Formation of surface relief grating in polymers with pendant azobenzene chromophores as studied by AFM/UFM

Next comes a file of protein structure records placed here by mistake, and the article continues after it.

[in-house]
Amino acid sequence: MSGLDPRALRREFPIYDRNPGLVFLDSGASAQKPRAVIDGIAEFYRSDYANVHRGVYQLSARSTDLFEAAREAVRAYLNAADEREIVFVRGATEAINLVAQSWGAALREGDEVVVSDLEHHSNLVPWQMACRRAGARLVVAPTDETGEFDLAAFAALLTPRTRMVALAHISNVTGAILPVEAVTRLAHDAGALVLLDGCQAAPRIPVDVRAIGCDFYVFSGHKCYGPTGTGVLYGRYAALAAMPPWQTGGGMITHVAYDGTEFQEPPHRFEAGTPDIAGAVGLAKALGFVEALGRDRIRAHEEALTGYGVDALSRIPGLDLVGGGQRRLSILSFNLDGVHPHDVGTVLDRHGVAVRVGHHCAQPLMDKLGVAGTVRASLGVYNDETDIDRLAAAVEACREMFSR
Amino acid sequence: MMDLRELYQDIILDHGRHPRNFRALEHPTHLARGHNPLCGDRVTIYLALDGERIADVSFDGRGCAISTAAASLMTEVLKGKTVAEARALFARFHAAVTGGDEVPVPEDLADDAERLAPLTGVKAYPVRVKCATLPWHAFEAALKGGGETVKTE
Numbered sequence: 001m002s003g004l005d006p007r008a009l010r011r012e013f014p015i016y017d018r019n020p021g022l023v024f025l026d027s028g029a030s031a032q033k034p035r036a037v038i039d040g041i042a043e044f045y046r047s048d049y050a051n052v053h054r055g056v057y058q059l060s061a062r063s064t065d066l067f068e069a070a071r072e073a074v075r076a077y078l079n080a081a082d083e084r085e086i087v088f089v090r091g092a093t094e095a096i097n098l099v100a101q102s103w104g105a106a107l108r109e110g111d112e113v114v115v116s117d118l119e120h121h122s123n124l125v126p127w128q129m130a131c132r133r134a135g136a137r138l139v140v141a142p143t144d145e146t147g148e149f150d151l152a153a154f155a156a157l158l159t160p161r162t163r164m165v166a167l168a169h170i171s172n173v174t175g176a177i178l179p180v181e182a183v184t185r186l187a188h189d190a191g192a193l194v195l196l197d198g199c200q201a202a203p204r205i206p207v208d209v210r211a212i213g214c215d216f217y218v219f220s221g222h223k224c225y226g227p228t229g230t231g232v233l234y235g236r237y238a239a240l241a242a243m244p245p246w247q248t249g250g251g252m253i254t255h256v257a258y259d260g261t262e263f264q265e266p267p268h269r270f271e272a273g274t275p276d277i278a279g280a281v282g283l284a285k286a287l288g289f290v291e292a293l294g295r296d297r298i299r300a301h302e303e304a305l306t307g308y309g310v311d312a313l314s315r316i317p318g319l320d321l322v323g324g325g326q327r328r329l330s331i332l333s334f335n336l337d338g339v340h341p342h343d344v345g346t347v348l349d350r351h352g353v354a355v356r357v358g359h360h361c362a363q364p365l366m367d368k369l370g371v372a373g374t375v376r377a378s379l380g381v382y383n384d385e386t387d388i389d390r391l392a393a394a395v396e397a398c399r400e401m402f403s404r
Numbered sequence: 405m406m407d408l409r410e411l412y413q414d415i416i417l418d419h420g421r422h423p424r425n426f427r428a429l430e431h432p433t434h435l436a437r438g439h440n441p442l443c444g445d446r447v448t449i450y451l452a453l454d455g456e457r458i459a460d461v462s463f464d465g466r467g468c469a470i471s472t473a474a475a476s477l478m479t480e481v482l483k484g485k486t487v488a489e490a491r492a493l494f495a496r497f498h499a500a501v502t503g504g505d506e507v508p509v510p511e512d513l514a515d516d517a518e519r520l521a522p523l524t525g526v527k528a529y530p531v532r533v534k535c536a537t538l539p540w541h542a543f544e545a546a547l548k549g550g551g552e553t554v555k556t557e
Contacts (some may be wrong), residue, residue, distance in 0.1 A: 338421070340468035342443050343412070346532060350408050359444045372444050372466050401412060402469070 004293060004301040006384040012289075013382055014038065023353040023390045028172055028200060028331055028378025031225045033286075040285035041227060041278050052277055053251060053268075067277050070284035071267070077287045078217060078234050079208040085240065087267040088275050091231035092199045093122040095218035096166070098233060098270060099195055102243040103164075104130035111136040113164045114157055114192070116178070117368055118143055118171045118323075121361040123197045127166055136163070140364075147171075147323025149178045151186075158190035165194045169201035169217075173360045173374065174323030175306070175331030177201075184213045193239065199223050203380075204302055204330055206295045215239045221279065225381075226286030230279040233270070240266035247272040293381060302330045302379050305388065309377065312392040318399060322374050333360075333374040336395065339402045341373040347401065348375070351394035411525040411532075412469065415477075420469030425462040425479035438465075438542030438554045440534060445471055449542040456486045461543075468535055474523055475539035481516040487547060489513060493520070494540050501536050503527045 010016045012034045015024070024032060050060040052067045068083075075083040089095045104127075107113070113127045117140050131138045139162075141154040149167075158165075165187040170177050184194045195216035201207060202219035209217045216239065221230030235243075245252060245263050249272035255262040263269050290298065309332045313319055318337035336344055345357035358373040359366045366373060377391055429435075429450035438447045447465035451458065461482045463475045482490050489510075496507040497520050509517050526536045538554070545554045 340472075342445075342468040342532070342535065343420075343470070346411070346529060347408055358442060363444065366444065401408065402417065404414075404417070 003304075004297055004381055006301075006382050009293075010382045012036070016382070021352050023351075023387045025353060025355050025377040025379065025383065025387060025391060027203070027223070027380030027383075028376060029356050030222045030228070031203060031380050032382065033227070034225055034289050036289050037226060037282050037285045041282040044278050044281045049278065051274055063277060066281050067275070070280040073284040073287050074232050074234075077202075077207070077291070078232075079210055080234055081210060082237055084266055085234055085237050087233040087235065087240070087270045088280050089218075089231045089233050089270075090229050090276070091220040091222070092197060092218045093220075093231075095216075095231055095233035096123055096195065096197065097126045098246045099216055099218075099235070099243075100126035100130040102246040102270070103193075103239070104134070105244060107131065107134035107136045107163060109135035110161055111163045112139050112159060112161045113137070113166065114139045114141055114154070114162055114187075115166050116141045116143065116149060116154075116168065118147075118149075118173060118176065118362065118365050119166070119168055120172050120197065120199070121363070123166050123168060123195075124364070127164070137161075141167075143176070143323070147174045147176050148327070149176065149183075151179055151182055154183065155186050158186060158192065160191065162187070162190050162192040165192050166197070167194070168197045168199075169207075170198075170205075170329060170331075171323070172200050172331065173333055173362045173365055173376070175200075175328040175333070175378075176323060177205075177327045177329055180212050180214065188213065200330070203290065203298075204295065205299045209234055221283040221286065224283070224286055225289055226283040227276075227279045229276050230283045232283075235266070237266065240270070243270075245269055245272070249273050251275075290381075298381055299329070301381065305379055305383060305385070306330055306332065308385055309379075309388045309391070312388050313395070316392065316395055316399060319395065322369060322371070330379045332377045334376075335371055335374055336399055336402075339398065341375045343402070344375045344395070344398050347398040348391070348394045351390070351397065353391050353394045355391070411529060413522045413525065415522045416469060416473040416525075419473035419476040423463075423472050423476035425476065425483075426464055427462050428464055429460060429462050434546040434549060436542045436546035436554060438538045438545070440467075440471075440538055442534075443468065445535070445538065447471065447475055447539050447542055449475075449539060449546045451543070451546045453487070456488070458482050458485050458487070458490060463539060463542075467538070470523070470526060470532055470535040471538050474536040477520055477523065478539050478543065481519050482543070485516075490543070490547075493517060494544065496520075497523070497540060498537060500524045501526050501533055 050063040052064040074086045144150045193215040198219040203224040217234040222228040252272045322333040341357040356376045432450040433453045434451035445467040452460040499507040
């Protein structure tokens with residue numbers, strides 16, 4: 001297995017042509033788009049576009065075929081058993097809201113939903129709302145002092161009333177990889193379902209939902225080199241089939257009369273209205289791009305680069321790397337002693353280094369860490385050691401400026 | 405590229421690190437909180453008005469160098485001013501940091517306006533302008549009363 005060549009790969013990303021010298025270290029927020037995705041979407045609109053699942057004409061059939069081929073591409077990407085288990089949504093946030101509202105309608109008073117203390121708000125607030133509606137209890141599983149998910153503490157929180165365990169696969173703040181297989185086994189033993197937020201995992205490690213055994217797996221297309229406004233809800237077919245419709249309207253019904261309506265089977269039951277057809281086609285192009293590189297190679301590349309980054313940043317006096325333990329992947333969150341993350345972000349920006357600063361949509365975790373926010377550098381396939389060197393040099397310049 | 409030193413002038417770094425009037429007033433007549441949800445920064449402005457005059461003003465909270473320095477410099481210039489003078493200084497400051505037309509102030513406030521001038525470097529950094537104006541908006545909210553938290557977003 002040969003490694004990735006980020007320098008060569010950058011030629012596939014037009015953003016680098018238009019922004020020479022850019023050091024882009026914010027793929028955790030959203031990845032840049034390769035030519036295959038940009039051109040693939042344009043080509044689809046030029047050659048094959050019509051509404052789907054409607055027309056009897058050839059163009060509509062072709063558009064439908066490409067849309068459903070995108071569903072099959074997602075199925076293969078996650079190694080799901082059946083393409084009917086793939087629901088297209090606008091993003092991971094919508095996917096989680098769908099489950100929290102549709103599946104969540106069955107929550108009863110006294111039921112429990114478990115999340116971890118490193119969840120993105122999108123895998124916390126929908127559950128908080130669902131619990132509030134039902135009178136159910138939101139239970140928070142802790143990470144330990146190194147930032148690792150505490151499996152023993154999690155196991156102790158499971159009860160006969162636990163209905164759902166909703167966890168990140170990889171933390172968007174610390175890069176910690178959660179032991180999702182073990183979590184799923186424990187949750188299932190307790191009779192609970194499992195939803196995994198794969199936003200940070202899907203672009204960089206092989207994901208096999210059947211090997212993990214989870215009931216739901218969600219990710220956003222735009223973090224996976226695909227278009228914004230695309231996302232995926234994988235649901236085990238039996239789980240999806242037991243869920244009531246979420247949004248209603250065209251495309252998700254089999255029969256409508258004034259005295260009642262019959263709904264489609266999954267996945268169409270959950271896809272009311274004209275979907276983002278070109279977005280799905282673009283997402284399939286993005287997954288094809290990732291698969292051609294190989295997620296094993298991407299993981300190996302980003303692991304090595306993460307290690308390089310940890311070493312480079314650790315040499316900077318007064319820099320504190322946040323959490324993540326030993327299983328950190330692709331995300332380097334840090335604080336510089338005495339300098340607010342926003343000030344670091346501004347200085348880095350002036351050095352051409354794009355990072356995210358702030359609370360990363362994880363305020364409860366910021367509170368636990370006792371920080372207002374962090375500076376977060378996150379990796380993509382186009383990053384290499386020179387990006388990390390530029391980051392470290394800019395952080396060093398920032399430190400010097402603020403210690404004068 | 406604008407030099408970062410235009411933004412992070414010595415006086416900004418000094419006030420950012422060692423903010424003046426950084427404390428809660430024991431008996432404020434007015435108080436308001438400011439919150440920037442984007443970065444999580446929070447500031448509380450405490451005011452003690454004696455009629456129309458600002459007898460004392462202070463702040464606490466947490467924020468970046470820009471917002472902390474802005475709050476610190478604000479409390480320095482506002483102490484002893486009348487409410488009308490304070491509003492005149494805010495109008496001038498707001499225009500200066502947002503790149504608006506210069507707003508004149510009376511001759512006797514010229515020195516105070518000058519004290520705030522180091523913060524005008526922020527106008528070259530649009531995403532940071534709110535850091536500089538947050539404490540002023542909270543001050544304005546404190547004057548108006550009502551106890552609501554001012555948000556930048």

We studied peculiarities of the structural reconstruction within holographically recorded gratings on the surface of several different amorphous azobenzene-containing polymers. Under illumination with a light interference pattern, two processes take place in this type of polymer. The first process is the light-induced orientation of azobenzene units perpendicular to the polarization plane of the incident light. The second one is a transfer of macromolecules along the grating vector (i.e. perpendicular to the grating lines). These two processes result in the creation of a volume orientation grating (alternating regions of different direction or degree of molecular orientation) and a surface relief grating (SRG)-i.e. modulation of film thickness. One can assume that both orientation of molecules and their movement might change the local mechanical properties of the material. Therefore, formation of the SRG is expected to result also in modulation of the local stiffness of the polymer film. To reveal and investigate these stiffness changes within the grating, spin-coated polymer films were prepared and the gratings were recorded on them in two different ways: with an orthogonal circular or orthogonal linear polarization of two recording light beams. A combination of atomic force microscopy (AFM) and ultrasonic force microscopy (UFM) techniques was applied for SRG development monitoring. We demonstrate that formation of the phase gratings depends on the chemical structure of polymers being used, polymer film thickness, and recording parameters, with the height of grating structures (depth of modulation) increasing with both the exposure time and the film thickness. UFM images suggest that the slopes of the topographic peaks in the phase gratings exhibit an increased stiffness with respect to the grating depressions.